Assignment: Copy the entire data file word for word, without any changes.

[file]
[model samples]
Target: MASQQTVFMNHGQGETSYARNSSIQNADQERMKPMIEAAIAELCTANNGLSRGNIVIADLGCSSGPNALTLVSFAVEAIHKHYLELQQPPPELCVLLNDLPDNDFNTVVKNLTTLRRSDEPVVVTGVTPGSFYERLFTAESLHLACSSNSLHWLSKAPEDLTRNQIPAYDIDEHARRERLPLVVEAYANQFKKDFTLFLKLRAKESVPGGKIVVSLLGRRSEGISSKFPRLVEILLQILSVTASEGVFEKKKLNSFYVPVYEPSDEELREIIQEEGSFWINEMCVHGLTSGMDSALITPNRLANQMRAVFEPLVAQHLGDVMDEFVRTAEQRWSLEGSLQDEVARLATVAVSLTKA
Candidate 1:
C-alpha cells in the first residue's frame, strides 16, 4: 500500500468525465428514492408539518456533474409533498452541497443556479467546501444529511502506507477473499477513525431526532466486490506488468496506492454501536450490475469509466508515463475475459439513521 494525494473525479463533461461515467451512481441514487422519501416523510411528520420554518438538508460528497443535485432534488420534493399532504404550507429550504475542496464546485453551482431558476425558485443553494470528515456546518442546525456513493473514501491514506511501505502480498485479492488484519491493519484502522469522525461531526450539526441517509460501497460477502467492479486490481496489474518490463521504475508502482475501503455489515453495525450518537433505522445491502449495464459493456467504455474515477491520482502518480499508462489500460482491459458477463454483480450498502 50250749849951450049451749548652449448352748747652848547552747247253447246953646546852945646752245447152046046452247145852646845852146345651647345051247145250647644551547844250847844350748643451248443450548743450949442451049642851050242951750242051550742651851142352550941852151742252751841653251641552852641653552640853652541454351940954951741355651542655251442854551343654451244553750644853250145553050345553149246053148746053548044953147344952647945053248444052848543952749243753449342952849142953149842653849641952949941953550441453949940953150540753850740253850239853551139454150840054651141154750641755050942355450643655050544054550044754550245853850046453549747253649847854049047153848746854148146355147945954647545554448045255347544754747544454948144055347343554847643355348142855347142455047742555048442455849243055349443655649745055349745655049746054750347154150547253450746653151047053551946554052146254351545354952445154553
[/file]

[model samples]
Target: MASQQTVFMNHGQGETSYARNSSIQNADQERMKPMIEAAIAELCTANNGLSRGNIVIADLGCSSGPNALTLVSFAVEAIHKHYLELQQPPPELCVLLNDLPDNDFNTVVKNLTTLRRSDEPVVVTGVTPGSFYERLFTAESLHLACSSNSLHWLSKAPEDLTRNQIPAYDIDEHARRERLPLVVEAYANQFKKDFTLFLKLRAKESVPGGKIVVSLLGRRSEGISSKFPRLVEILLQILSVTASEGVFEKKKLNSFYVPVYEPSDEELREIIQEEGSFWINEMCVHGLTSGMDSALITPNRLANQMRAVFEPLVAQHLGDVMDEFVRTAEQRWSLEGSLQDEVARLATVAVSLTKA
Candidate 1:
C-alpha cells in the first residue's frame, strides 16, 4: 500500500468525465428514492408539518456533474409533498452541497443556479467546501444529511502506507477473499477513525431526532466486490506488468496506492454501536450490475469509466508515463475475459439513521 494525494473525479463533461461515467451512481441514487422519501416523510411528520420554518438538508460528497443535485432534488420534493399532504404550507429550504475542496464546485453551482431558476425558485443553494470528515456546518442546525456513493473514501491514506511501505502480498485479492488484519491493519484502522469522525461531526450539526441517509460501497460477502467492479486490481496489474518490463521504475508502482475501503455489515453495525450518537433505522445491502449495464459493456467504455474515477491520482502518480499508462489500460482491459458477463454483480450498502 50250749849951450049451749548652449448352748747652848547552747247253447246953646546852945646752245447152046046452247145852646845852146345651647345051247145250647644551547844250847844350748643451248443450548743450949442451049642851050242951750242051550742651851142352550941852151742252751841653251641552852641653552640853652541454351940954951741355651542655251442854551343654451244553750644853250145553050345553149246053148746053548044953147344952647945053248444052848543952749243753449342952849142953149842653849641952949941953550441453949940953150540753850740253850239853551139454150840054651141154750641755050942355450643655050544054550044754550245853850046453549747253649847854049047153848746854148146355147945954647545554448045255347544754747544454948144055347343554847643355348142855347142455047742555048442455849243055349443655649745055349745655049746054750347154150547253450746653151047053551946554052146254351545354952445154553